Hi. I'm Steve Moriarty from Moriarty's Gem Art. One question I'm commonly asked is about the colors of garnets, and people are usually quite surprised that garnets come in the full rainbow.
You can read below or watch our video on Garnet here!
We commonly think of garnets as being red. Typically, a darker red garnet is what we've seen in the past. These are the pyropes and almandines that came out of Europe, but there's really a wide variety of colors, not only in the reds because reds we can see as bright reds of the pyrope garnets out of the Arizona, which are known as ant hill garnets. They're a vivid red, probably redder than most rubies.
We also have a variety of mix of colors that we get into rhodolites, which can be red or they can be violet. The next color in the rainbow is the oranges. We'll see Spessartite garnets that have come out of not only Tanzania, Madagascar, that are probably the orangest of the garnets. They also occur red. Yellows are less commonly seen. Mostly, they're Grossular garnets. Not a whole lot of yellows on the market these days, but it does come up.
The greens a little more common. We see Tsavorite garnets coming out of Tanzania and Kenya. Demantoid garnets are a beautiful garnet that used to come out of Russia, most recently came out of Madagascar. The new Merelani Mint garnets, which are a by-product of tanzanite mining, very popular right now. It's just a beautiful lighter green with occasionally that minty blue color.
The voilets are now coming out of Mozambique, pretty extraordinary color. They're real similar to rhodolite in that they're a mix of pyrope and almandine garnet. Rhodolites commonly come slightly towards that purple color, but the new material coming out of Mozambique is quite purple, not quite amethyst but a very purple color.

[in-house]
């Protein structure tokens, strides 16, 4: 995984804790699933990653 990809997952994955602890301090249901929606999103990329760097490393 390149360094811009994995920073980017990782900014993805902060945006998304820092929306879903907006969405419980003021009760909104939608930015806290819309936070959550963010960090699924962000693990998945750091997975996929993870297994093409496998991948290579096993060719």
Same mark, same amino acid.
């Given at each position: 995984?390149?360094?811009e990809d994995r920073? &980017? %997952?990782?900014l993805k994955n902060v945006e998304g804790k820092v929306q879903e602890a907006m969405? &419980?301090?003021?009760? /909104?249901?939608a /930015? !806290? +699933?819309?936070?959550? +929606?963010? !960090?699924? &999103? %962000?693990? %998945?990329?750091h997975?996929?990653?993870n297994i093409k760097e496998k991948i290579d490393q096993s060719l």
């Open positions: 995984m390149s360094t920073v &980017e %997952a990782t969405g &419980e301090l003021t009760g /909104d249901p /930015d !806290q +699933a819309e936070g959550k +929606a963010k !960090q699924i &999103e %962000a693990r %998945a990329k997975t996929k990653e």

Right now, there's a lot of intermediary colors that we've never seen before. These are currently coming out of Tanzania from Mahenge. They're kind of peach colors, like Malayas, very light pinks and just a wide variety of colors. So, garnet right now is pretty exciting.
The one color that is commonly stated in the books is not existing in garnet is blue. If you look back at trade journals from the '80s and magazines and books from earlier times, they say garnets come in all colors except blue, but in the '90s we started seeing garnets coming out of Bekily, Madagascar, and these garnets were color change, so they were incandescent. They were red, but in daylight and fluorescent light, they turn to beautiful blue color, often blue or blue-green, so that kind of filled the full rainbow of colors for garnets.
One of the rarest garnets is actually colorless, and in my time in business, I'm not sure I've seen a totally colorless garnet, but supposedly they exist. If you want to see the complete selection of our garnets, go to moregems.com or visit us in Crown Point, Indiana at Moriarty's Gem Art.
Is Garnet A Semi or Precious Gemstone?
Is Garnet Rare or Common?
How Much Does a Garnet Cost?
How are Metamorphic Garnets Formed?
What is Difference Between a Red Garnet and Green Garnet?
How Else Are Garnets Used?
How Many Types of Garnets Are There?
How Hard is Garnet?
What Type of Rock in Garnet Found In?
Are There Blue Garnets?
Yes, but according to the books no. Blue is seen in the coloring changing Garnets which change from a red to a blue depending on the lighting.
What is the Rarest Garnet?
The rarest Garnet is colorless. In the 30 years that I have been in the industry, I have yet to come across a colorless Garnet.